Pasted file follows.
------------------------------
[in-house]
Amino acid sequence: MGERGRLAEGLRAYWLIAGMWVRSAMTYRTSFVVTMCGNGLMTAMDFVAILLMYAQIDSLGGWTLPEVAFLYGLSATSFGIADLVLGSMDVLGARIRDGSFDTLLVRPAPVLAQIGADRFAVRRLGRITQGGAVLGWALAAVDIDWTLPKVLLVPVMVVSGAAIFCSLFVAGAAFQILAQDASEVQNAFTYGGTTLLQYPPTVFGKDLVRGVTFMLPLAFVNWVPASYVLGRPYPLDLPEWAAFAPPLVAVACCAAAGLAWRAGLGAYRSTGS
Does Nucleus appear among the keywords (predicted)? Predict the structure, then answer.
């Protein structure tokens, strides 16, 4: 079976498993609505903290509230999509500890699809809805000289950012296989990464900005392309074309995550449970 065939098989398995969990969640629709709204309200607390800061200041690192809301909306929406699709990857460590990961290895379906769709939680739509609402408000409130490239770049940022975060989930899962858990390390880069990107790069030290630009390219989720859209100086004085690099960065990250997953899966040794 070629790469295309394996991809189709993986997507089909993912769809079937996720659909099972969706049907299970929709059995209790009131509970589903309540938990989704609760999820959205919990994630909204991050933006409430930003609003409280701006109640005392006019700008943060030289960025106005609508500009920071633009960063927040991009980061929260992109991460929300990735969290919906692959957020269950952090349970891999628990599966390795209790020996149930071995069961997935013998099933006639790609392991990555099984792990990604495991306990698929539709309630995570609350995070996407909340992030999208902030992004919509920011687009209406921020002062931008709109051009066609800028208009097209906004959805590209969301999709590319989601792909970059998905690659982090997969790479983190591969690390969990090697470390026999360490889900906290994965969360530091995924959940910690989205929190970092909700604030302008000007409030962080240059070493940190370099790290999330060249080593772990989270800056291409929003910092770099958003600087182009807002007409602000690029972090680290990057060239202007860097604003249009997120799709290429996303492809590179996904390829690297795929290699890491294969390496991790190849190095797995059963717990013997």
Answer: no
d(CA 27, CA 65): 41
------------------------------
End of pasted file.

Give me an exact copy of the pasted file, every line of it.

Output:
[in-house]
Amino acid sequence: MGERGRLAEGLRAYWLIAGMWVRSAMTYRTSFVVTMCGNGLMTAMDFVAILLMYAQIDSLGGWTLPEVAFLYGLSATSFGIADLVLGSMDVLGARIRDGSFDTLLVRPAPVLAQIGADRFAVRRLGRITQGGAVLGWALAAVDIDWTLPKVLLVPVMVVSGAAIFCSLFVAGAAFQILAQDASEVQNAFTYGGTTLLQYPPTVFGKDLVRGVTFMLPLAFVNWVPASYVLGRPYPLDLPEWAAFAPPLVAVACCAAAGLAWRAGLGAYRSTGS
Does Nucleus appear among the keywords (predicted)? Predict the structure, then answer.
């Protein structure tokens, strides 16, 4: 079976498993609505903290509230999509500890699809809805000289950012296989990464900005392309074309995550449970 065939098989398995969990969640629709709204309200607390800061200041690192809301909306929406699709990857460590990961290895379906769709939680739509609402408000409130490239770049940022975060989930899962858990390390880069990107790069030290630009390219989720859209100086004085690099960065990250997953899966040794 070629790469295309394996991809189709993986997507089909993912769809079937996720659909099972969706049907299970929709059995209790009131509970589903309540938990989704609760999820959205919990994630909204991050933006409430930003609003409280701006109640005392006019700008943060030289960025106005609508500009920071633009960063927040991009980061929260992109991460929300990735969290919906692959957020269950952090349970891999628990599966390795209790020996149930071995069961997935013998099933006639790609392991990555099984792990990604495991306990698929539709309630995570609350995070996407909340992030999208902030992004919509920011687009209406921020002062931008709109051009066609800028208009097209906004959805590209969301999709590319989601792909970059998905690659982090997969790479983190591969690390969990090697470390026999360490889900906290994965969360530091995924959940910690989205929190970092909700604030302008000007409030962080240059070493940190370099790290999330060249080593772990989270800056291409929003910092770099958003600087182009807002007409602000690029972090680290990057060239202007860097604003249009997120799709290429996303492809590179996904390829690297795929290699890491294969390496991790190849190095797995059963717990013997």
Answer: no
d(CA 27, CA 65): 41